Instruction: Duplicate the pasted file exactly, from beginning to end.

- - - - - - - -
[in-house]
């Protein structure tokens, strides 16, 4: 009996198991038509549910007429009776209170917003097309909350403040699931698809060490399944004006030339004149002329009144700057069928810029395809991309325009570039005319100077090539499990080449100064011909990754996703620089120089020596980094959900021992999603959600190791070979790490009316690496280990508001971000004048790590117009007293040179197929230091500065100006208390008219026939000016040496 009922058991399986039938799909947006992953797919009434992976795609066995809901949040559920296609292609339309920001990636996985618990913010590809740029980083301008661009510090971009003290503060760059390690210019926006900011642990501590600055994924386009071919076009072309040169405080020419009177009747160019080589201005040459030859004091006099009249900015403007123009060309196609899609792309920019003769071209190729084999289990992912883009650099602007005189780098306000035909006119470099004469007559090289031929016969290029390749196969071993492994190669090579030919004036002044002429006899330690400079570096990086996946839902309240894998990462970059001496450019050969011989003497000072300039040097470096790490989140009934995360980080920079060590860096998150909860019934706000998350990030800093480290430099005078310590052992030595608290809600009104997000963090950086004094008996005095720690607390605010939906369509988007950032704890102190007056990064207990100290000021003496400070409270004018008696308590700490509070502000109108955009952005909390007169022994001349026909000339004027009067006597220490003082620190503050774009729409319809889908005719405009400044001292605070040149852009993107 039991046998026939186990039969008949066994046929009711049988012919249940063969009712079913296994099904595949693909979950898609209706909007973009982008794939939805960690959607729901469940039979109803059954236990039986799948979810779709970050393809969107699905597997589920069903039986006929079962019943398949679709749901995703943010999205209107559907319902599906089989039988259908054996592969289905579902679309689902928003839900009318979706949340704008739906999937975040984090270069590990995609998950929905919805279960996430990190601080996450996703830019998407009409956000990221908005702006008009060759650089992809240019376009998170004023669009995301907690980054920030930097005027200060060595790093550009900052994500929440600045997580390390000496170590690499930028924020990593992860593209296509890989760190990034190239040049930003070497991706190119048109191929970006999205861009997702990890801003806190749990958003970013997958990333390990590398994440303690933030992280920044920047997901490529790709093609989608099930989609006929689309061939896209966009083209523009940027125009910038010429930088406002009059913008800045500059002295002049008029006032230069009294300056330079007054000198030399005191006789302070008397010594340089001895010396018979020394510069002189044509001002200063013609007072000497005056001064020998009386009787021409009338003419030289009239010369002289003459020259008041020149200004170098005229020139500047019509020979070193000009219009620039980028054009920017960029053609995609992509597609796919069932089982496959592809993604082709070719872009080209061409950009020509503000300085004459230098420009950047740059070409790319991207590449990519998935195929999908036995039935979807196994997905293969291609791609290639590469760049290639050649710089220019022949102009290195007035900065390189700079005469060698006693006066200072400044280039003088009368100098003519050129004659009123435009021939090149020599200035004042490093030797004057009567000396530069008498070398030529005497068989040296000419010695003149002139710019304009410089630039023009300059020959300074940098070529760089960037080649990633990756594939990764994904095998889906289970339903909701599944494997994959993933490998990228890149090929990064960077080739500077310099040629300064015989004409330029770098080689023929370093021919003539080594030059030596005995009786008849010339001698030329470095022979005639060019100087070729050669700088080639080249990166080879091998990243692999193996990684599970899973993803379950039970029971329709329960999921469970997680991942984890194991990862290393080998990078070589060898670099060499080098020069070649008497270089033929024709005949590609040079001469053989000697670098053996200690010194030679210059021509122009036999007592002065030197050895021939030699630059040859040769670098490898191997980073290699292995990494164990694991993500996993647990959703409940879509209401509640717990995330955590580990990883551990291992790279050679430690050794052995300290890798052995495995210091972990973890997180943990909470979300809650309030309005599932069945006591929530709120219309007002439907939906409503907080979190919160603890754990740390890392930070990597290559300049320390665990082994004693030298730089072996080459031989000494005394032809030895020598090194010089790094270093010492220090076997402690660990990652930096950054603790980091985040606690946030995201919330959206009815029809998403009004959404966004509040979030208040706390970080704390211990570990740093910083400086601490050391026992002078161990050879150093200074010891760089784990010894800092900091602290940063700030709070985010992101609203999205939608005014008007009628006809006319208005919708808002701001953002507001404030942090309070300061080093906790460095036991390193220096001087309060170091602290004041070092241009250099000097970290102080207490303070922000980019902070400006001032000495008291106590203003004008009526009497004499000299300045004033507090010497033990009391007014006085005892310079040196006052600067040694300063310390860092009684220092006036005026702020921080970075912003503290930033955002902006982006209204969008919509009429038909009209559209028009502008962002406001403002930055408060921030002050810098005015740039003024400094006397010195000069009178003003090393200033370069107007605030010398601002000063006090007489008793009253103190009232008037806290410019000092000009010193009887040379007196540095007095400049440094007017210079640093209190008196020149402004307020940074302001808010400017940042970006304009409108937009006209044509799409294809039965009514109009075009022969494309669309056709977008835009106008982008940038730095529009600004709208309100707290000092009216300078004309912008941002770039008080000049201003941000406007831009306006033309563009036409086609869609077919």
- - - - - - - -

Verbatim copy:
[in-house]
């Protein structure tokens, strides 16, 4: 009996198991038509549910007429009776209170917003097309909350403040699931698809060490399944004006030339004149002329009144700057069928810029395809991309325009570039005319100077090539499990080449100064011909990754996703620089120089020596980094959900021992999603959600190791070979790490009316690496280990508001971000004048790590117009007293040179197929230091500065100006208390008219026939000016040496 009922058991399986039938799909947006992953797919009434992976795609066995809901949040559920296609292609339309920001990636996985618990913010590809740029980083301008661009510090971009003290503060760059390690210019926006900011642990501590600055994924386009071919076009072309040169405080020419009177009747160019080589201005040459030859004091006099009249900015403007123009060309196609899609792309920019003769071209190729084999289990992912883009650099602007005189780098306000035909006119470099004469007559090289031929016969290029390749196969071993492994190669090579030919004036002044002429006899330690400079570096990086996946839902309240894998990462970059001496450019050969011989003497000072300039040097470096790490989140009934995360980080920079060590860096998150909860019934706000998350990030800093480290430099005078310590052992030595608290809600009104997000963090950086004094008996005095720690607390605010939906369509988007950032704890102190007056990064207990100290000021003496400070409270004018008696308590700490509070502000109108955009952005909390007169022994001349026909000339004027009067006597220490003082620190503050774009729409319809889908005719405009400044001292605070040149852009993107 039991046998026939186990039969008949066994046929009711049988012919249940063969009712079913296994099904595949693909979950898609209706909007973009982008794939939805960690959607729901469940039979109803059954236990039986799948979810779709970050393809969107699905597997589920069903039986006929079962019943398949679709749901995703943010999205209107559907319902599906089989039988259908054996592969289905579902679309689902928003839900009318979706949340704008739906999937975040984090270069590990995609998950929905919805279960996430990190601080996450996703830019998407009409956000990221908005702006008009060759650089992809240019376009998170004023669009995301907690980054920030930097005027200060060595790093550009900052994500929440600045997580390390000496170590690499930028924020990593992860593209296509890989760190990034190239040049930003070497991706190119048109191929970006999205861009997702990890801003806190749990958003970013997958990333390990590398994440303690933030992280920044920047997901490529790709093609989608099930989609006929689309061939896209966009083209523009940027125009910038010429930088406002009059913008800045500059002295002049008029006032230069009294300056330079007054000198030399005191006789302070008397010594340089001895010396018979020394510069002189044509001002200063013609007072000497005056001064020998009386009787021409009338003419030289009239010369002289003459020259008041020149200004170098005229020139500047019509020979070193000009219009620039980028054009920017960029053609995609992509597609796919069932089982496959592809993604082709070719872009080209061409950009020509503000300085004459230098420009950047740059070409790319991207590449990519998935195929999908036995039935979807196994997905293969291609791609290639590469760049290639050649710089220019022949102009290195007035900065390189700079005469060698006693006066200072400044280039003088009368100098003519050129004659009123435009021939090149020599200035004042490093030797004057009567000396530069008498070398030529005497068989040296000419010695003149002139710019304009410089630039023009300059020959300074940098070529760089960037080649990633990756594939990764994904095998889906289970339903909701599944494997994959993933490998990228890149090929990064960077080739500077310099040629300064015989004409330029770098080689023929370093021919003539080594030059030596005995009786008849010339001698030329470095022979005639060019100087070729050669700088080639080249990166080879091998990243692999193996990684599970899973993803379950039970029971329709329960999921469970997680991942984890194991990862290393080998990078070589060898670099060499080098020069070649008497270089033929024709005949590609040079001469053989000697670098053996200690010194030679210059021509122009036999007592002065030197050895021939030699630059040859040769670098490898191997980073290699292995990494164990694991993500996993647990959703409940879509209401509640717990995330955590580990990883551990291992790279050679430690050794052995300290890798052995495995210091972990973890997180943990909470979300809650309030309005599932069945006591929530709120219309007002439907939906409503907080979190919160603890754990740390890392930070990597290559300049320390665990082994004693030298730089072996080459031989000494005394032809030895020598090194010089790094270093010492220090076997402690660990990652930096950054603790980091985040606690946030995201919330959206009815029809998403009004959404966004509040979030208040706390970080704390211990570990740093910083400086601490050391026992002078161990050879150093200074010891760089784990010894800092900091602290940063700030709070985010992101609203999205939608005014008007009628006809006319208005919708808002701001953002507001404030942090309070300061080093906790460095036991390193220096001087309060170091602290004041070092241009250099000097970290102080207490303070922000980019902070400006001032000495008291106590203003004008009526009497004499000299300045004033507090010497033990009391007014006085005892310079040196006052600067040694300063310390860092009684220092006036005026702020921080970075912003503290930033955002902006982006209204969008919509009429038909009209559209028009502008962002406001403002930055408060921030002050810098005015740039003024400094006397010195000069009178003003090393200033370069107007605030010398601002000063006090007489008793009253103190009232008037806290410019000092000009010193009887040379007196540095007095400049440094007017210079640093209190008196020149402004307020940074302001808010400017940042970006304009409108937009006209044509799409294809039965009514109009075009022969494309669309056709977008835009106008982008940038730095529009600004709208309100707290000092009216300078004309912008941002770039008080000049201003941000406007831009306006033309563009036409086609869609077919």